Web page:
It's hard to read or write about the Minimalists. You can start, but it's difficult to click through their blog or look at their spare yet lovely home and not start mentally tallying the extra things in your house. Surely I, too, could be a more graceful and inspired person if I could get by owning literally one mug, if my only electronic device was a slim Macbook, if I didn't keep empty liquor bottles because they might make cute vases one day.
The Minimalists, Joshua Fields Millburn and Ryan Nicodemus, are gaining a reputation for living the simplest of clutter-free lives. After making headlines for ditching big cities to live in a nearly empty house in Philipsburg, they recently moved to Missoula to continue writing and to launch a publishing company. World traveler Colin Wright decided to join them, making a trio.
The three men, all around the age of 30, almost seem superhuman. They look and dress like Abercrombie models, and are well-spoken, confident and articulate. They sit around their front room, graced only by a wooden table, chairs, guitar in the corner and their own books—A Day in the Life of a Minimalist and Simplicity: Essays, for instance—displayed on shelves. They play off each other, telling stories they've told many times.
"Me and Ryan have known each other since we were fat little fifth graders," Millburn says. "We thought we'd be happy if we made a bunch of money in our 20s, but it didn't pan out quite the right way."
When Millburn's marriage ended and his mother died in the same month, he says he started searching for what would really make him happy. He stumbled upon writings from Wright, who ran a successful design firm in Los Angeles before quitting his job, getting rid of his things and starting a blog, Exile Lifestyle, where readers can vote for which country he'll visit for four months.
Millburn didn't want to become a world traveler, but he was intrigued by the idea of only owning essentials. He gradually cut down on the extras. Nicodemus, who says he was intrigued by Millburn's noticeably happier demeanor, eventually joined him in the project.
The Minimalists support themselves by self-publishing and advocating for a philosophic lifestyle that calls for only carrying the things one truly needs. Their new company, Asymmetrical Press, is currently working with two authors to print fiction. Its first printing, The Flute Player, by Shawn Mihalik, a novel about a young village musician, is due out in print and ebook in March.
Wright uses phrases like "sweat equity" to describe how Asymmetrical Press will skip the traditional models of buying the rights to an author's work and paying royalties.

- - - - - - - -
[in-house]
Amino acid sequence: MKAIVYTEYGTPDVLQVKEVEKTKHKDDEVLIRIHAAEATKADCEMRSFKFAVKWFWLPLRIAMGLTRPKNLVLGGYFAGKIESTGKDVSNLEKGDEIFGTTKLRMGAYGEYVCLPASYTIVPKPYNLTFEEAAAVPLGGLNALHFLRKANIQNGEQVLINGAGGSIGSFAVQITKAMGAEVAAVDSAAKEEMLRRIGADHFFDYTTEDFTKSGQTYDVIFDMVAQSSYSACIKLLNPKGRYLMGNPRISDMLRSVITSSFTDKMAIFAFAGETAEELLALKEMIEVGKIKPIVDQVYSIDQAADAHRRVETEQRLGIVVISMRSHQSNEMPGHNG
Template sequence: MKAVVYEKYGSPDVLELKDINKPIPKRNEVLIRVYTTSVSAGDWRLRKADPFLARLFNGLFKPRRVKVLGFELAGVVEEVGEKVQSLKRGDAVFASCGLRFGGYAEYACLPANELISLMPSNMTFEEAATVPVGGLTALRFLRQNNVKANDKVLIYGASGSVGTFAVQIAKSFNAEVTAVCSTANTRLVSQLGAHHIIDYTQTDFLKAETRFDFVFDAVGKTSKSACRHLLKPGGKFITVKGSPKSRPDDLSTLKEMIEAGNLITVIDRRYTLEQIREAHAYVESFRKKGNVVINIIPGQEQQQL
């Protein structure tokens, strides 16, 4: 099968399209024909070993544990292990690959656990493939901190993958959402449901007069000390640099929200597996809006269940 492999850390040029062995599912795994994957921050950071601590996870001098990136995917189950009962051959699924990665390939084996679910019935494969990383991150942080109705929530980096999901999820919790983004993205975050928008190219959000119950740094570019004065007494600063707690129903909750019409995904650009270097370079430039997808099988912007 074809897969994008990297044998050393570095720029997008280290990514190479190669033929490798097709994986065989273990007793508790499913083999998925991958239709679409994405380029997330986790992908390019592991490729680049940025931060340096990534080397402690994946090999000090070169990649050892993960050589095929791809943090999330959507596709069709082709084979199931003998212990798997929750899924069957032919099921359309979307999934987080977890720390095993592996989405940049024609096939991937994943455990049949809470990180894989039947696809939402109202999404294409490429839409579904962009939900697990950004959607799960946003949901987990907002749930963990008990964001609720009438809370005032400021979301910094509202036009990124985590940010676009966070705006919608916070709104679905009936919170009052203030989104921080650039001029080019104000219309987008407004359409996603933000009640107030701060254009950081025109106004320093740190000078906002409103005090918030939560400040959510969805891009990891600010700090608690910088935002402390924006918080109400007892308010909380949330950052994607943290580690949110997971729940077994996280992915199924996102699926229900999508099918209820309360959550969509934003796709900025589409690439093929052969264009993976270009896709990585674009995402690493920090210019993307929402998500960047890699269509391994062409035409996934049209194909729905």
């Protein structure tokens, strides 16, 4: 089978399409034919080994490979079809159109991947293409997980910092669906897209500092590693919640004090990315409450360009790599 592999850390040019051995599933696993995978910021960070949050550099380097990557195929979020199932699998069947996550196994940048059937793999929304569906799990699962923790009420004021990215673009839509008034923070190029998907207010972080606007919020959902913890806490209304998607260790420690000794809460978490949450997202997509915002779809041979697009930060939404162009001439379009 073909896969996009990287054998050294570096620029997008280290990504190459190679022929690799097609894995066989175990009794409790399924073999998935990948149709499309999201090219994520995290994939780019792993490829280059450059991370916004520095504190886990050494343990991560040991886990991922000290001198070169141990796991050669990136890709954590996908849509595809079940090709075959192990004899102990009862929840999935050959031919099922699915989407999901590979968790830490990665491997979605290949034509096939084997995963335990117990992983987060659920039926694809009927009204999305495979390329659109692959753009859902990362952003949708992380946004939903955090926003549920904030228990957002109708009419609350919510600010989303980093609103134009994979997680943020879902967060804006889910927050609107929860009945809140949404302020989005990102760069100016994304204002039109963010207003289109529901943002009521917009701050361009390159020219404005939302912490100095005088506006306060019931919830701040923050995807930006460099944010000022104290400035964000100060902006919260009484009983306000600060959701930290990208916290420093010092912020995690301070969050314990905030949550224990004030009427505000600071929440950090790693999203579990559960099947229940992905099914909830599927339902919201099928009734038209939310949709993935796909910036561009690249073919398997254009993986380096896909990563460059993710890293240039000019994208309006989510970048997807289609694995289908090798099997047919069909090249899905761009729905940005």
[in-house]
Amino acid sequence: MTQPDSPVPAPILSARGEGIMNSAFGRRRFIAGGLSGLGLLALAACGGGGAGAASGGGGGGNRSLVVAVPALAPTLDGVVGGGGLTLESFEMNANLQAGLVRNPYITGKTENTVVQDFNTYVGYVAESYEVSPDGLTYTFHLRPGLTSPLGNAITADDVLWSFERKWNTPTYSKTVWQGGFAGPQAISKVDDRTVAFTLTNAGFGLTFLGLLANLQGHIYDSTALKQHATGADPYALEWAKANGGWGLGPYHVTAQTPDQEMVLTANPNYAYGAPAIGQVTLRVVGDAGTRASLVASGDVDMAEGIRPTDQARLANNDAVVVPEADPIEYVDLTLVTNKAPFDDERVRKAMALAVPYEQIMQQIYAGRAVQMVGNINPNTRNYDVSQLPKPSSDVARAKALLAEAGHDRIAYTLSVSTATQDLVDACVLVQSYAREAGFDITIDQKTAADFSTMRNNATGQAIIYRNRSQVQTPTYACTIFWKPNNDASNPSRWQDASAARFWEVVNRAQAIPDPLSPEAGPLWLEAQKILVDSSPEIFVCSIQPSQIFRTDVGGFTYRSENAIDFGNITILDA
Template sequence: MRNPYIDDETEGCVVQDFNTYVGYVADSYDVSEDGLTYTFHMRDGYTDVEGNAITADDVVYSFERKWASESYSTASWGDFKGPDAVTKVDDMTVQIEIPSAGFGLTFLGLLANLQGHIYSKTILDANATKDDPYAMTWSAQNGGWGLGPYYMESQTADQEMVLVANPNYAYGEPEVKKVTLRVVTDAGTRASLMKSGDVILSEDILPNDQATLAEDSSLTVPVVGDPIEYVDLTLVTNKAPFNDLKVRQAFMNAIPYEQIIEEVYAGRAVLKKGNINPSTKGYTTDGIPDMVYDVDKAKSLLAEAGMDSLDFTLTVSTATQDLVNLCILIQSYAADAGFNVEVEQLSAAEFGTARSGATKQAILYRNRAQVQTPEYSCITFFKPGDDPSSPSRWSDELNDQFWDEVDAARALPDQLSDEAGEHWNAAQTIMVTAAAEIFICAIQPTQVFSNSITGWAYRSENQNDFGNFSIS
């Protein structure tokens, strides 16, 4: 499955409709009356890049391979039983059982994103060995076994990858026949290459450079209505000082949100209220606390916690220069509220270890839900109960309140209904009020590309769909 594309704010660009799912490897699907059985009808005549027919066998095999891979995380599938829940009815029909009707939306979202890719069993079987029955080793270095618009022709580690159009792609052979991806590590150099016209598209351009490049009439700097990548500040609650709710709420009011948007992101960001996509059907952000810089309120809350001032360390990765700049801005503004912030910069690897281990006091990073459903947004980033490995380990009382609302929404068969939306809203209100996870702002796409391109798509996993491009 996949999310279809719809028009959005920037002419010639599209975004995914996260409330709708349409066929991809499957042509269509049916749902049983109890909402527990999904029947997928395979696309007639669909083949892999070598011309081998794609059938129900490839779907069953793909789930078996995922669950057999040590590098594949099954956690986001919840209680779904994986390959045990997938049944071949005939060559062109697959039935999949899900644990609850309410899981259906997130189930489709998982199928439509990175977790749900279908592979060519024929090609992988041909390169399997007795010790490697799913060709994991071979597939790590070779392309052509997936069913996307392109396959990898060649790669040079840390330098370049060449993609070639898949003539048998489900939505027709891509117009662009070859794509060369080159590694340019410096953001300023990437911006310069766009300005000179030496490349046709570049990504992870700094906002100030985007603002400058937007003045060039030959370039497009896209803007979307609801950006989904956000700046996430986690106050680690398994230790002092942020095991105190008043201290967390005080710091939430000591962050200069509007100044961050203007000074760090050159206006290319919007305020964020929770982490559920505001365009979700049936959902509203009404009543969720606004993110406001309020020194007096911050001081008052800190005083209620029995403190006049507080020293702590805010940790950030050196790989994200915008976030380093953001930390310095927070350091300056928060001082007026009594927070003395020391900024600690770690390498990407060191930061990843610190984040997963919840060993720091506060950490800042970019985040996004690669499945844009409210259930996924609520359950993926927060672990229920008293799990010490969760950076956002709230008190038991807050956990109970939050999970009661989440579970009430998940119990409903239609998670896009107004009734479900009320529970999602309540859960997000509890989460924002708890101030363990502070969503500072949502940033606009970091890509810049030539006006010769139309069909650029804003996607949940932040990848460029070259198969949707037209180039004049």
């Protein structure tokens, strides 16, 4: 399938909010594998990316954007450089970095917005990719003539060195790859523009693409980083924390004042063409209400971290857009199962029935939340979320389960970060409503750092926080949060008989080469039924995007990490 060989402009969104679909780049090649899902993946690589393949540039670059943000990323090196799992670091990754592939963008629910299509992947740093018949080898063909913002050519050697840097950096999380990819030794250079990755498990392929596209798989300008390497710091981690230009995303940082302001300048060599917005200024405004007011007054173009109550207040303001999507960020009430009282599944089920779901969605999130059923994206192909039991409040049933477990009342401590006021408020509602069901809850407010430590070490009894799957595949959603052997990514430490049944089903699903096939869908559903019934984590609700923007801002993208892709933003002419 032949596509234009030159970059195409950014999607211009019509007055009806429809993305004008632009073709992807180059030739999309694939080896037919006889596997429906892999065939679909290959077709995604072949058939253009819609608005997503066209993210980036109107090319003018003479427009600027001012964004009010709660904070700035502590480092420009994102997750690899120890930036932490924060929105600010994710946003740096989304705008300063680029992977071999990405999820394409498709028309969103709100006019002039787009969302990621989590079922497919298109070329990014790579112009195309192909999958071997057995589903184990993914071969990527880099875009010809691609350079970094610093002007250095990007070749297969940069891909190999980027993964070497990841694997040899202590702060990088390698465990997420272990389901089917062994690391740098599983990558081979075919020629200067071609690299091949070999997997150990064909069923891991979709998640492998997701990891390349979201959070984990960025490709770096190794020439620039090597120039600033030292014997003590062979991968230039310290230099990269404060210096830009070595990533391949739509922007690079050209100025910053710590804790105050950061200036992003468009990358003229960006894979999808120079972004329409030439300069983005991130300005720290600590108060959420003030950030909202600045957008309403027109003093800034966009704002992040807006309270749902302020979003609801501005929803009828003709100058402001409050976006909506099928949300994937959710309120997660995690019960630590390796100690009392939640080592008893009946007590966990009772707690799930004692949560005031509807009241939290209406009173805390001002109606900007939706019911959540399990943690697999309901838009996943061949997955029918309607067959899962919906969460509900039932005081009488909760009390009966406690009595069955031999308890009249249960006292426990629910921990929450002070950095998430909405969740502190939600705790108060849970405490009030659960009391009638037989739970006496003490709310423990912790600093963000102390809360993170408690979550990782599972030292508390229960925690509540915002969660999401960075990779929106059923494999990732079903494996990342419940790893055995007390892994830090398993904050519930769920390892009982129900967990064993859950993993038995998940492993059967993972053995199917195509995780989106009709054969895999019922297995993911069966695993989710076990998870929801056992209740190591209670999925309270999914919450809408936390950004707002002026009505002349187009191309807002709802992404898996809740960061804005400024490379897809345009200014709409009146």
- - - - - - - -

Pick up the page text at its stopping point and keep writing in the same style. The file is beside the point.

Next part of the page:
"We'll say, 'We believe in your work, we want to invest in you,'" Wright says.
The Minimalists also seem aware that their philosophy addresses a primarily first-world problem. "Go tell some Cambodian school kids that you own only 50 things," Wright says, "and they're like, 'You own 50 things? How can I own 50 things?'"
Nicodemus says they've had former CEOs and welfare recipients alike come to their book readings. He says it might seem easy for three single guys to get by with few things, but points out that they know other people, like a couple with six children, who practice minimalism in different ways.
Minimalism isn't about tossing things you like, Wright says, but about considering your future purchases. "We're not giving up anything, except the stuff that doesn't add value to our lives," he says. "... I always tell people, 'If you love owning unicorn statuettes, if they make you happy, buy as many fucking unicorn statuettes as make you happy, but don't buy the big screen TV, too, just because it's there."
Millburn says he and Nicodemus grew up poor -- "I have to take my shoes off to count how many times we had the electric turned off when I was a kid" -- but he still would advocate minimalism for his mother, if she were still alive.
"I got that 'seeking happiness through things' from her," Millburn says. "Consumption is an unquenchable thirst."
As for the group's future in Montana, they say they've committed to staying six months, and then they'll evaluate whether to plant roots or to pack up. So far, they say they love the town and it's an affordable place to run a business.
For their upcoming five-city tour, which kicks off in Missoula, the Minimalists will talk about their experiences and how the publishing industry has changed.
"I don't have a college degree, but I was able to get out there and make things happen on my own," Millburn says. "That's our message: You don't have to wait for anyone's permission."
The Minimalists appear at Shakespeare and Co., 103 S. Third St., on Tue., Feb. 26 at 7 PM. Free.